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The Exercise-Intelligence Link


By Allan Holmes August 30, 2010

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It's pretty much understood that sitting in front of your computer all day without routine exercise can lead to some unhealthy outcomes. But getting up and walking for, say, just 40 minutes three times a week can not only slim you down, it can actually increase cognition and fight aging.

That's the finding of a new study published in Frontiers in Aging Neuroscience. For a year, researchers from the University of Illinois followed adults aged 59 to 80 who had been previously sedentary but then joined a walking or stretching and toning group. They also studied 18 to 35 year olds, and looked at activity in brain regions that function together as networks and how they are affected by exercise.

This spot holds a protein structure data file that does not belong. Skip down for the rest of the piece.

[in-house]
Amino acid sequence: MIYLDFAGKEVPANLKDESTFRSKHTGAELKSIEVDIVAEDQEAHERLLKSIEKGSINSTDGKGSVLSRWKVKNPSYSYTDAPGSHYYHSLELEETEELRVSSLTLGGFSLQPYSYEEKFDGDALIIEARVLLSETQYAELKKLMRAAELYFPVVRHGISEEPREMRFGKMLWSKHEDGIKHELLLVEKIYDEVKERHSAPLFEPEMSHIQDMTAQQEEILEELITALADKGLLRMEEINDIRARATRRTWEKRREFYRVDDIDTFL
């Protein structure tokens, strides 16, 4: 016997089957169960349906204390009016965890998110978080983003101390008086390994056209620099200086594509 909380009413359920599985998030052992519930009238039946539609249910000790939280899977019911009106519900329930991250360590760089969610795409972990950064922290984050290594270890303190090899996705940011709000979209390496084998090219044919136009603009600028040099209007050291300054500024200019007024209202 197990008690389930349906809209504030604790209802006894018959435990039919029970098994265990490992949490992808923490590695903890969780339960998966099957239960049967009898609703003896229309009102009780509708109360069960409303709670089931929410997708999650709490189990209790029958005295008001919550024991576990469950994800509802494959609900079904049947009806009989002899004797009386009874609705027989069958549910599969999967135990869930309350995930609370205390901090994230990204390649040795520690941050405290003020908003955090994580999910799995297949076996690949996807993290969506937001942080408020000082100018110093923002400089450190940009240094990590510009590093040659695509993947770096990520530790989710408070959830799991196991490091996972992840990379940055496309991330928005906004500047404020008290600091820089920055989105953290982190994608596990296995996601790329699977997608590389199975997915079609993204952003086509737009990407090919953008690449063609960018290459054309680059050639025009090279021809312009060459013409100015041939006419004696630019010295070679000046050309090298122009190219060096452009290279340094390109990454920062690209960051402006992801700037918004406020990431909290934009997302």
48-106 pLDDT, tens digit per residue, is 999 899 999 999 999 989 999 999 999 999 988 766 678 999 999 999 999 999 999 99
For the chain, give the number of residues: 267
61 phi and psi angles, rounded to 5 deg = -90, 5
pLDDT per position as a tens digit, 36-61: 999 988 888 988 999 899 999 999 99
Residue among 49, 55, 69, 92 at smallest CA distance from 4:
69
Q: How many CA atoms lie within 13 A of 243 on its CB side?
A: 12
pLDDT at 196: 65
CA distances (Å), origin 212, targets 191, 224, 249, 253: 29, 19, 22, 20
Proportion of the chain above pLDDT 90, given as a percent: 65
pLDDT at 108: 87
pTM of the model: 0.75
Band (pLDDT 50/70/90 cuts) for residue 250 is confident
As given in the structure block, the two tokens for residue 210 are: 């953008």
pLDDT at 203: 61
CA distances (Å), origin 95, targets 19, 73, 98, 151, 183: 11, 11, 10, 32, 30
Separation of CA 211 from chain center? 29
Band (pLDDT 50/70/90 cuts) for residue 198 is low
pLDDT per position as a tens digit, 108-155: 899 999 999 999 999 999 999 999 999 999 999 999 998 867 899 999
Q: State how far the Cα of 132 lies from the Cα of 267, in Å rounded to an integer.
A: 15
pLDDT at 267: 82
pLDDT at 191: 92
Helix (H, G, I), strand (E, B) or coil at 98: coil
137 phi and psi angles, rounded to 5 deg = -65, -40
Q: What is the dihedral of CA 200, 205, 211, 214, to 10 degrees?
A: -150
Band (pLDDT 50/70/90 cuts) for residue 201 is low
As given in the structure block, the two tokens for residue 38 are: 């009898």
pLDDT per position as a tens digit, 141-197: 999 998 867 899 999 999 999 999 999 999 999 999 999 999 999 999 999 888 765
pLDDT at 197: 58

At the end of the year, the walkers in the study had more activity in certain parts of the brain. For example, they had increased connectivity in parts of the so-called fronto-executive network, which aids in the performance of complex tasks, and they did significantly better on cognitive tests than those who were a part the less tasked toning and stretching group. According to Science Daily:

Previous studies have found that aerobic exercise can enhance the function of specific brain structures, [said psychology professor Art Kramer, one of the leaders of the study]. This study shows that even moderate aerobic exercise also improves the coordination of important brain networks.

A past study Kramer conducted also showed that older workers who were more fit than their peers tended to be better at planning, prioritizing, strategizing and multitasking - the latter being particularly important to IT workers.


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